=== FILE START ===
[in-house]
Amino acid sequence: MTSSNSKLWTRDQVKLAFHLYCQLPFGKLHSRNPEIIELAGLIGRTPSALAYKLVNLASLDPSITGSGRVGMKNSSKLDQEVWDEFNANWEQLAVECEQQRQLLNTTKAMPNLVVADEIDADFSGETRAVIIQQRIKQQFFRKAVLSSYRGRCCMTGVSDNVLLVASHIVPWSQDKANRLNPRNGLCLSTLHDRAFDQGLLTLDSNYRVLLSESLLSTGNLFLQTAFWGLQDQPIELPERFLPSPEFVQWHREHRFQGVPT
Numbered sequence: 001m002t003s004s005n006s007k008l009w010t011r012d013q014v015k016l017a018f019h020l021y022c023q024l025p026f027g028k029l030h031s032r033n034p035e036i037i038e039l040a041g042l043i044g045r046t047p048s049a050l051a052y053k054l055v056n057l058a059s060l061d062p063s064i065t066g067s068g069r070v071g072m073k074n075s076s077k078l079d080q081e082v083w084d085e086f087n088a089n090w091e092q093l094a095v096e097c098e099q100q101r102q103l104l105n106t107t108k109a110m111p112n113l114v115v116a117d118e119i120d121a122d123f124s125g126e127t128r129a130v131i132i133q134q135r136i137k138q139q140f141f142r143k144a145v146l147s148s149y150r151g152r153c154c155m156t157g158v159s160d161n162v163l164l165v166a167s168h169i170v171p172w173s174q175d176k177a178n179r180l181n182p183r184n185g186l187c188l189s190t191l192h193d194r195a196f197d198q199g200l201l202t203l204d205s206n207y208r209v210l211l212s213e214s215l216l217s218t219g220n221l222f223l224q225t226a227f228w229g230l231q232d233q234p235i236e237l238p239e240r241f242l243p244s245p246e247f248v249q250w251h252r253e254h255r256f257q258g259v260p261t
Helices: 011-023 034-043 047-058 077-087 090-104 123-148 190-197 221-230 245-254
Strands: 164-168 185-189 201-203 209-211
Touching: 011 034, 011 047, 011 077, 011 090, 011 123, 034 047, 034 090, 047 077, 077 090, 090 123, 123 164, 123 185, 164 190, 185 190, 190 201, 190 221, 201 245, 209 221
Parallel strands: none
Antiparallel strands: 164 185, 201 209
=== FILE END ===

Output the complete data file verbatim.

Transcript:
[in-house]
Amino acid sequence: MTSSNSKLWTRDQVKLAFHLYCQLPFGKLHSRNPEIIELAGLIGRTPSALAYKLVNLASLDPSITGSGRVGMKNSSKLDQEVWDEFNANWEQLAVECEQQRQLLNTTKAMPNLVVADEIDADFSGETRAVIIQQRIKQQFFRKAVLSSYRGRCCMTGVSDNVLLVASHIVPWSQDKANRLNPRNGLCLSTLHDRAFDQGLLTLDSNYRVLLSESLLSTGNLFLQTAFWGLQDQPIELPERFLPSPEFVQWHREHRFQGVPT
Numbered sequence: 001m002t003s004s005n006s007k008l009w010t011r012d013q014v015k016l017a018f019h020l021y022c023q024l025p026f027g028k029l030h031s032r033n034p035e036i037i038e039l040a041g042l043i044g045r046t047p048s049a050l051a052y053k054l055v056n057l058a059s060l061d062p063s064i065t066g067s068g069r070v071g072m073k074n075s076s077k078l079d080q081e082v083w084d085e086f087n088a089n090w091e092q093l094a095v096e097c098e099q100q101r102q103l104l105n106t107t108k109a110m111p112n113l114v115v116a117d118e119i120d121a122d123f124s125g126e127t128r129a130v131i132i133q134q135r136i137k138q139q140f141f142r143k144a145v146l147s148s149y150r151g152r153c154c155m156t157g158v159s160d161n162v163l164l165v166a167s168h169i170v171p172w173s174q175d176k177a178n179r180l181n182p183r184n185g186l187c188l189s190t191l192h193d194r195a196f197d198q199g200l201l202t203l204d205s206n207y208r209v210l211l212s213e214s215l216l217s218t219g220n221l222f223l224q225t226a227f228w229g230l231q232d233q234p235i236e237l238p239e240r241f242l243p244s245p246e247f248v249q250w251h252r253e254h255r256f257q258g259v260p261t
Helices: 011-023 034-043 047-058 077-087 090-104 123-148 190-197 221-230 245-254
Strands: 164-168 185-189 201-203 209-211
Touching: 011 034, 011 047, 011 077, 011 090, 011 123, 034 047, 034 090, 047 077, 077 090, 090 123, 123 164, 123 185, 164 190, 185 190, 190 201, 190 221, 201 245, 209 221
Parallel strands: none
Antiparallel strands: 164 185, 201 209